Don’t Put Yourself in Other’s Shoes

Posted on by Sen.

As humans we have this habit of putting ourselves in the shoes of another living being and imagine how their experience would be like. For example, you might see a handicapped beggar on the roadside looking for food in a garbage can and immediately get a sick feeling in your stomach because in that moment you are trying to put “yourself” in the shoes of that beggar and imagine what it must be like for him to live that way – we also use a term for it called “empathy”. But in truth, whenever you put yourself in the shoes of another person, you will always get a very skewed idea of what’s really going on – because the level of consciousness you are at is not the level of consciousness the other person is at, and “experiences” are always “personal” determined by the level of consciousness in a living being in that moment.

It’s like you trying to put yourself in the shoes of an animal and imagine what it must be feeling – one reason why so many animal activists feel so much suffering within them, because they constantly keep projecting themselves into the shoes of the animals, imagining what the animals must be going through, and getting a completely skewed picture of reality because the consciousness level of an animal is not the same as the consciousness level of this human being who’s projecting himself/herself into the animal’s experience.

Things are never what they seem to you from outside

Always remember that your “projections” are purely based on your level of consciousness. So when you look at a person outside you and try to imagine what he/she must be going through, you are doing so from your level of consciousness – and so you can never understand the accurate experience that they are going through because their level of consciousness is different from yours (may be higher or lower) at that moment.

You can verify this in your own mind – do you remember the days of your life as a baby? Say when you were 2 years old or 5 years old or 10 years old. You may have some dazed remembrances of stuff that happened, but you can’t recollect most of your days the way you can recollect your days after you were 25 years old or so. Because when you were a child your consciousness level was totally low, whereas now as an adult your consciousness level is high. But in your brain you can put yourself back into your childhood days and relieve some negative experiences from your present level of consciousness and imagine how terrible everything was, but in truth when these things really happened in actuality, they were a totally different experience – as a child you were mostly in a daze and went through life almost asleep though your body moved around and did whatever was required for its survival back then.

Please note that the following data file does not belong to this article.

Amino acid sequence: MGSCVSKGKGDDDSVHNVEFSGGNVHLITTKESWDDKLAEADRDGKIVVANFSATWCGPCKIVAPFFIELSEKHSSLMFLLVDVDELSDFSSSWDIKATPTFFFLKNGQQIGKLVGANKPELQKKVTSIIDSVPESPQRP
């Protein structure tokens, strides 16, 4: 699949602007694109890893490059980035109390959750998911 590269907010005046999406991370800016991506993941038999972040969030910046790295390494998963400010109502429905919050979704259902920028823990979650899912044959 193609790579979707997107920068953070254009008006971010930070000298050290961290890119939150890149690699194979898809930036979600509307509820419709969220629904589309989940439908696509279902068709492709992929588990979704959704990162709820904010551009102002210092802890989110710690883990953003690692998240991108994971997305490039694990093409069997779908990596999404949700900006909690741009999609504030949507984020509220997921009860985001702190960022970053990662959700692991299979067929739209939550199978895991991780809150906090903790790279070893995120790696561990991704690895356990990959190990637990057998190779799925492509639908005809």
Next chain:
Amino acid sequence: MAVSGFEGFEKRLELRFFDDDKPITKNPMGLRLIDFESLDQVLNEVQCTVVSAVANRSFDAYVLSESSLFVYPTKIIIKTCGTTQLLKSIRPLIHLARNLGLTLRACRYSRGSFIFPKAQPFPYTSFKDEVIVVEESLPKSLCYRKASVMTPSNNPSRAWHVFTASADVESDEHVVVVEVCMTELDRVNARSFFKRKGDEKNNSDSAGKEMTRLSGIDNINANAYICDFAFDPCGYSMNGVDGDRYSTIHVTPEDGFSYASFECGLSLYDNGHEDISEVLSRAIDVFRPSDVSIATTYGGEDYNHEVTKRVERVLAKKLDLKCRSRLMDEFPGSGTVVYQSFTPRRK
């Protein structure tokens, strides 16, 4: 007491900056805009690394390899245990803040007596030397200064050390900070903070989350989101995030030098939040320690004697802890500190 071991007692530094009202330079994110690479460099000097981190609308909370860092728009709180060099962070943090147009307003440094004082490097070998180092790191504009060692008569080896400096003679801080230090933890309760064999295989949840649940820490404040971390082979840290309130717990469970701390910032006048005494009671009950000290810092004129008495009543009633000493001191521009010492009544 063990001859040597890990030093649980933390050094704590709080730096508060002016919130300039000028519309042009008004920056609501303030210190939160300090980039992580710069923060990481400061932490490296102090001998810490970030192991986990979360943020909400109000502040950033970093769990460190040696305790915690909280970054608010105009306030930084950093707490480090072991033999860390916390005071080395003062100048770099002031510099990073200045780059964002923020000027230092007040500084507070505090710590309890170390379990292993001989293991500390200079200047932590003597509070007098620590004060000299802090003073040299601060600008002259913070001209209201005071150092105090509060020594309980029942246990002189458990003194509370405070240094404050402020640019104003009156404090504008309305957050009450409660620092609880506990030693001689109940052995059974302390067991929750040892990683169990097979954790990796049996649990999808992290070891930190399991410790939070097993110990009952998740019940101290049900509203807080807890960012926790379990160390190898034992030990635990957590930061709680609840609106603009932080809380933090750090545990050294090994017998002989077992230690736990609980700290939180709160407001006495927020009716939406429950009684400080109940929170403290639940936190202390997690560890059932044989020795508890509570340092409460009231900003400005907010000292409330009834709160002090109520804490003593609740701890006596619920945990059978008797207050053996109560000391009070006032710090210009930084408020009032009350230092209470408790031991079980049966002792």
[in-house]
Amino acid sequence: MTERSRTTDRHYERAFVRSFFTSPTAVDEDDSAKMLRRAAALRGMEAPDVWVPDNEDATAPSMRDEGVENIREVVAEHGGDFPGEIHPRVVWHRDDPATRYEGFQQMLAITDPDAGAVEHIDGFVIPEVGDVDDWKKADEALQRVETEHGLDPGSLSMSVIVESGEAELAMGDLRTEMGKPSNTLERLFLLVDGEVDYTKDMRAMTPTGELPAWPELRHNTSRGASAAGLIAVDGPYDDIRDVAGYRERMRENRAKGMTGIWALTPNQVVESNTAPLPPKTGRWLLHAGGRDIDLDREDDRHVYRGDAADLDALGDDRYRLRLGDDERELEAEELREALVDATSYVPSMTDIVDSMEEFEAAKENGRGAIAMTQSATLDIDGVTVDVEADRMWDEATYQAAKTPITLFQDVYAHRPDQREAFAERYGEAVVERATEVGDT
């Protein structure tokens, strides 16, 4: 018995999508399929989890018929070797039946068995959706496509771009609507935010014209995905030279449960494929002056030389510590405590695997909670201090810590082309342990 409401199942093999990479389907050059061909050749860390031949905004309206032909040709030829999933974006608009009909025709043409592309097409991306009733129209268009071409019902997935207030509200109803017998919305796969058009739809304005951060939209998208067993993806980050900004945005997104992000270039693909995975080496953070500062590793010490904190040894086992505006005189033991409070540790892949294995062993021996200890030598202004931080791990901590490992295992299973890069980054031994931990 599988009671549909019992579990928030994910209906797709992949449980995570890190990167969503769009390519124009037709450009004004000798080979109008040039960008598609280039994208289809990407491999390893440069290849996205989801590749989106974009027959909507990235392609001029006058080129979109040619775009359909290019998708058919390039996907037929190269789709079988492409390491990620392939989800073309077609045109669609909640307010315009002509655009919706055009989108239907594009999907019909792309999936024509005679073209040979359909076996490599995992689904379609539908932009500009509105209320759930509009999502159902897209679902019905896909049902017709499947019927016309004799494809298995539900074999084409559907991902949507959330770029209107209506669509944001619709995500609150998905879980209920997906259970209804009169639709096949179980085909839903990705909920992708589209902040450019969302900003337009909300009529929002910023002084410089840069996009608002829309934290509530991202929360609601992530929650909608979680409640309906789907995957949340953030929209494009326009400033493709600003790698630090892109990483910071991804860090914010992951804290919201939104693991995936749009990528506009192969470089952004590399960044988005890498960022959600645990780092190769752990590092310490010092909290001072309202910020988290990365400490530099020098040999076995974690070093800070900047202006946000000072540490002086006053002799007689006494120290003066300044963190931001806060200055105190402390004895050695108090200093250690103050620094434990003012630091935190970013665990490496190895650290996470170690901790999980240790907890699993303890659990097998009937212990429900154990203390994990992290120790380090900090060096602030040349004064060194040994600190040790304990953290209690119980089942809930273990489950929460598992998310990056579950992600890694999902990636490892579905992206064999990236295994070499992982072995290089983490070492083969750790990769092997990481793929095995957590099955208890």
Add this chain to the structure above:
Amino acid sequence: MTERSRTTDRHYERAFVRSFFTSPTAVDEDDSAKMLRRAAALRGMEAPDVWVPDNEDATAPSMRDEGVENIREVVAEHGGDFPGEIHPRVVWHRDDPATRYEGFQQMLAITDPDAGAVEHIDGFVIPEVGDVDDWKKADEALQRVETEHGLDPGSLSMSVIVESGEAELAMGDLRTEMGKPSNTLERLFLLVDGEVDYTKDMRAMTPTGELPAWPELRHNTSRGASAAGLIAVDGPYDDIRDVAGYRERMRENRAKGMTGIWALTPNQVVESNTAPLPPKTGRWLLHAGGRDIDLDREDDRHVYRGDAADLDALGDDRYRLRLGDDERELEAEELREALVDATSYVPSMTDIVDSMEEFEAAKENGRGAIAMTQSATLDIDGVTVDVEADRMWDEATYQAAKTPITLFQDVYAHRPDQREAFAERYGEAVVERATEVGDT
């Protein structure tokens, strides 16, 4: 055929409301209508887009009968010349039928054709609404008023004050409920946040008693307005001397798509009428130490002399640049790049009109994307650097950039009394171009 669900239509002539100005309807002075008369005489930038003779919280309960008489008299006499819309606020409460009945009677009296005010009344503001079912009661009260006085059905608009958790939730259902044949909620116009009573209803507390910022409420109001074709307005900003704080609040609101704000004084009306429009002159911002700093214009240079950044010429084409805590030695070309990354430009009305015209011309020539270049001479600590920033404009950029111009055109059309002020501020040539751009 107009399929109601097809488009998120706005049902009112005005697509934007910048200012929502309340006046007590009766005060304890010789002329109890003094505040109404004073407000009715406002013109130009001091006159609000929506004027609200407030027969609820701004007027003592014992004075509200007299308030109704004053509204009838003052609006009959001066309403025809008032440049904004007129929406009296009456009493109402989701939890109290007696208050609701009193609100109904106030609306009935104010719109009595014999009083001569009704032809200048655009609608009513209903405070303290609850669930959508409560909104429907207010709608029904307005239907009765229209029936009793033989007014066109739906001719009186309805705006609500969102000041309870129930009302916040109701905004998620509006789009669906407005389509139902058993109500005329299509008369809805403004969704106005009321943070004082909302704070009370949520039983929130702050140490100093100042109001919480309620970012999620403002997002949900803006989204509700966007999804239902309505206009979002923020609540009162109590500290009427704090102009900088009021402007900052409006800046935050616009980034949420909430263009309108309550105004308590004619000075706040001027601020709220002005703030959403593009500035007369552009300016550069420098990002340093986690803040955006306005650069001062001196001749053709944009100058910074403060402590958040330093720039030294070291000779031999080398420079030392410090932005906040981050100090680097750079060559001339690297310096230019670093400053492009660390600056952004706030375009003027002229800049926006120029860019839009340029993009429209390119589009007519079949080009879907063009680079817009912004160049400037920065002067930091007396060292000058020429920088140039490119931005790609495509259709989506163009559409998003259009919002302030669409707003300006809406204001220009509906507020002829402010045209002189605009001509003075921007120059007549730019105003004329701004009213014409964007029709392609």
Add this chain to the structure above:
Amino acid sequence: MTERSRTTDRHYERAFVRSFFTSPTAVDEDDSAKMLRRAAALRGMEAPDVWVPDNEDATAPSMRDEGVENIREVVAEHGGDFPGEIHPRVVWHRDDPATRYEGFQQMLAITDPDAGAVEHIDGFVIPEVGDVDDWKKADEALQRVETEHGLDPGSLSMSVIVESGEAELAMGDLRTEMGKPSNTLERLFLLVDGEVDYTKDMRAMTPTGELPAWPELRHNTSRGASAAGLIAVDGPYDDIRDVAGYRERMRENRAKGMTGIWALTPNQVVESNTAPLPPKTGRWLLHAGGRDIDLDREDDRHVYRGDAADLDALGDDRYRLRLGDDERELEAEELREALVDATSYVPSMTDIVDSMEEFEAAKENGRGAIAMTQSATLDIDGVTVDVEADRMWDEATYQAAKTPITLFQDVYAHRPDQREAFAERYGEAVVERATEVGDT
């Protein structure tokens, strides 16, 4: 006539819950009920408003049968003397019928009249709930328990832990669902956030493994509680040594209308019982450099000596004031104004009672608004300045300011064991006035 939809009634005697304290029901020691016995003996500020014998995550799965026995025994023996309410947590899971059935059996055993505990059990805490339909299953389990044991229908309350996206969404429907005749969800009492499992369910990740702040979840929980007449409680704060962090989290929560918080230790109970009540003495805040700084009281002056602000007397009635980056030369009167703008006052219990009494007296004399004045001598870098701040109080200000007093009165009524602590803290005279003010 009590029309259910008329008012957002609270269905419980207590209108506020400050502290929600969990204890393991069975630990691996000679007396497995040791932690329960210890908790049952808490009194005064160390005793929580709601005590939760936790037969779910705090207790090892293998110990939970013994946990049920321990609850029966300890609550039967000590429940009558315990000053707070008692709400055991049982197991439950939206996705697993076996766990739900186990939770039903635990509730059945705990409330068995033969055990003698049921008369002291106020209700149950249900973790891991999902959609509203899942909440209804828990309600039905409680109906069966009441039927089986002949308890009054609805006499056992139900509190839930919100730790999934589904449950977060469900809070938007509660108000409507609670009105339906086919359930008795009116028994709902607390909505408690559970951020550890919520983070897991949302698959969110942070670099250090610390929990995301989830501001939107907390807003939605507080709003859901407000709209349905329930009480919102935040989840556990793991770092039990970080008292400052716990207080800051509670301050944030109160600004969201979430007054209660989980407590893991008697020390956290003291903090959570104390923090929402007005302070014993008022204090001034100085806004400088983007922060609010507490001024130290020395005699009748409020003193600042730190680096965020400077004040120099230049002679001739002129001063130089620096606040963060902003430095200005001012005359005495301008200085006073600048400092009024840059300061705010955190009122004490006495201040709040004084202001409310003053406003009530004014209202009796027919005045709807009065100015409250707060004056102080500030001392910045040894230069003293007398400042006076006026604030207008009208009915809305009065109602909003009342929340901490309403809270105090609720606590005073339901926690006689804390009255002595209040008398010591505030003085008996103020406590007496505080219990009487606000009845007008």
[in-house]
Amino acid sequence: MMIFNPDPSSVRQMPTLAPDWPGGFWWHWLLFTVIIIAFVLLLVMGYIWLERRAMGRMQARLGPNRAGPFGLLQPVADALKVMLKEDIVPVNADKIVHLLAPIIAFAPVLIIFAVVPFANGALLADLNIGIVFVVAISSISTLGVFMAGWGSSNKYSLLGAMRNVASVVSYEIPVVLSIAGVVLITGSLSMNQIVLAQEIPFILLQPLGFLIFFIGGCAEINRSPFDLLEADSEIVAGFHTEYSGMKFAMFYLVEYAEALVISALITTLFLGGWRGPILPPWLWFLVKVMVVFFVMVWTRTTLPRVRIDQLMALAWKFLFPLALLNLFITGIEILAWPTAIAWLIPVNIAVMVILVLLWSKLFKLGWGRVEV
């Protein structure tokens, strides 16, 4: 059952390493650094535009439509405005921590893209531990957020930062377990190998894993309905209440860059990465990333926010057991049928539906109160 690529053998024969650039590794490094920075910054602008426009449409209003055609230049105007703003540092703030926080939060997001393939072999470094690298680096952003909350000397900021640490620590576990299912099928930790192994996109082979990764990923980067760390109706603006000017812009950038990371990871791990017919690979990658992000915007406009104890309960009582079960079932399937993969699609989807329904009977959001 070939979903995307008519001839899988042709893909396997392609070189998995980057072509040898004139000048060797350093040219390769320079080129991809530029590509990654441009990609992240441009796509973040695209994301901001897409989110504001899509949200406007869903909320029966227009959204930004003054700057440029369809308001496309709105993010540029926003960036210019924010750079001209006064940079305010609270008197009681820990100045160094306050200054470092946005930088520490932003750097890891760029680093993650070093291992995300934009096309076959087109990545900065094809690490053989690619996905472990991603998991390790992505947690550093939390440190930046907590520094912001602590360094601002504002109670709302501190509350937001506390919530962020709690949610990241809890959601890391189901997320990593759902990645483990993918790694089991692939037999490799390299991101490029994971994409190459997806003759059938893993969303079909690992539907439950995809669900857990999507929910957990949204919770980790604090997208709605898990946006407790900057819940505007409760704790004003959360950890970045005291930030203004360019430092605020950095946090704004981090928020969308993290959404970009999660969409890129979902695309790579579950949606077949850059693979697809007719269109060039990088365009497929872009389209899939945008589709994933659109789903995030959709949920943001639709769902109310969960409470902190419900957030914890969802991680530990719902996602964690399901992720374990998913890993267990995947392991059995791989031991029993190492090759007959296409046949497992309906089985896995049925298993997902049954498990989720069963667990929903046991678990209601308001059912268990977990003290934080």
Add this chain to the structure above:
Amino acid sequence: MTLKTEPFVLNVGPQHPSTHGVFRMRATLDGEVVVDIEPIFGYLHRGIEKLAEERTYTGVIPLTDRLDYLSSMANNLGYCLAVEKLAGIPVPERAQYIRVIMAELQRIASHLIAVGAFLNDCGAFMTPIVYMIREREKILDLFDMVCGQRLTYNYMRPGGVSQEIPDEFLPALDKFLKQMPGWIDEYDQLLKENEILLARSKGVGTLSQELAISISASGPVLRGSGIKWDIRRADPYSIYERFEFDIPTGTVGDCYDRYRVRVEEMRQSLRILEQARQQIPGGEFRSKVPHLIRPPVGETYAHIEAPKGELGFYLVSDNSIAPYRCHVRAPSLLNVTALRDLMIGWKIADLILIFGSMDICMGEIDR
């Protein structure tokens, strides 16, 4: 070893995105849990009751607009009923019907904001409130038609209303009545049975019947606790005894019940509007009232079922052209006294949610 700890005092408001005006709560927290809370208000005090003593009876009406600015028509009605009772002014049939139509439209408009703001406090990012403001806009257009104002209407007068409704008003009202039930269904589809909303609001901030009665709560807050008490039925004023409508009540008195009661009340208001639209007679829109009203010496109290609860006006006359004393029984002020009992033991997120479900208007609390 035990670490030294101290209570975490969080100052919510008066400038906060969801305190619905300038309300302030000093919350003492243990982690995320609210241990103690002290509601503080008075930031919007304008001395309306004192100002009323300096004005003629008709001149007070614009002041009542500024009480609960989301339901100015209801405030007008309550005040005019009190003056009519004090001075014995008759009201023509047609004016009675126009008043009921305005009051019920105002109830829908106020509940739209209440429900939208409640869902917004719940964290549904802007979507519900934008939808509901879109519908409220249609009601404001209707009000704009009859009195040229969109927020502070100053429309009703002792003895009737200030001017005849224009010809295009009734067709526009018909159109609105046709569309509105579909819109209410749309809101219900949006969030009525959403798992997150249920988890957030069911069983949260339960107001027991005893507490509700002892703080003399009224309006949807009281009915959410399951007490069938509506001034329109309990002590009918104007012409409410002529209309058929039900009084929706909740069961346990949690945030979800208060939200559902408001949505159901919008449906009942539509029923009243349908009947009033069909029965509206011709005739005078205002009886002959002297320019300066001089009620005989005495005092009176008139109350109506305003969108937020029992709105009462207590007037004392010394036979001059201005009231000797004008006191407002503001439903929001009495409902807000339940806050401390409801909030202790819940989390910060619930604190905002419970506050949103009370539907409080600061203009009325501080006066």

A lot of people just don’t get this simple reality of life that your experiences are dictated by your level of consciousness in the Now, and it’s not possible for you to imagine, accurately, what your experience would have been like in the past or to imagine what someone else’s experience must be like. You can only know what “your” experience is like right Now everything else is just “imagination”. When you empathize with someone who you perceive is “suffering”, you also suffer with that person but your suffering would come from your level of consciousness which would not be the suffering the other person is going through based on their level of consciousness. So you will always have an inaccurate picture of what’s going on and in most cases would torment yourself by projecting a situation in a totally skewed way. Empathy is fine, but if it puts you in a negative state of being it’s not serving any good to this reality in any way, it just perpetuates suffering.

The “Now” is always simple

The only way you can experience the Now, is in your personal experience with your level of consciousness – so it’s always a “personal” Now. And if you just stay with the Now, without projecting into the past or into the future, you will realize that the Now is very simple, it’s free of problems, it’s easily manageable and there is nothing “overwhelming” in it. All the overwhelming, or suffering-based, thoughts arise when you try to put yourself into a future situation that’s not Now, or into a past had happened at a lower level of consciousness than what it is Now or into the shoes of another living being who’s level of consciousness you can never know – I call all these “hypothetical situations” and I never encourage any discussion around “hypothetical situations” because that’s not how “reality” is. Hypothetical situations will always give you a totally skewed picture of what reality really is like at any given moment.

Most philosophies and movie stories are written based on hypothetical situations, by trying to imagine what it must be like to be in the shoes of some other being. You can watch movies where animals seem to talk about their problems, and start believing that that’s how animals are perceiving their reality, when in truth it’s just a “human” projecting his perceived experience onto an animal. I can state easily that humans, even as children, have the highest consciousness levels compared to any species on this planet because their brain is much more developed, but of course there are varying levels of consciousness among humans – some are at a high level of consciousness, some at a very low level of consciousness even as adults. Some humans even die with the same level of consciousness they had when they were 10 years old because their brain was not able to grow in awareness (mostly due to physical limitations).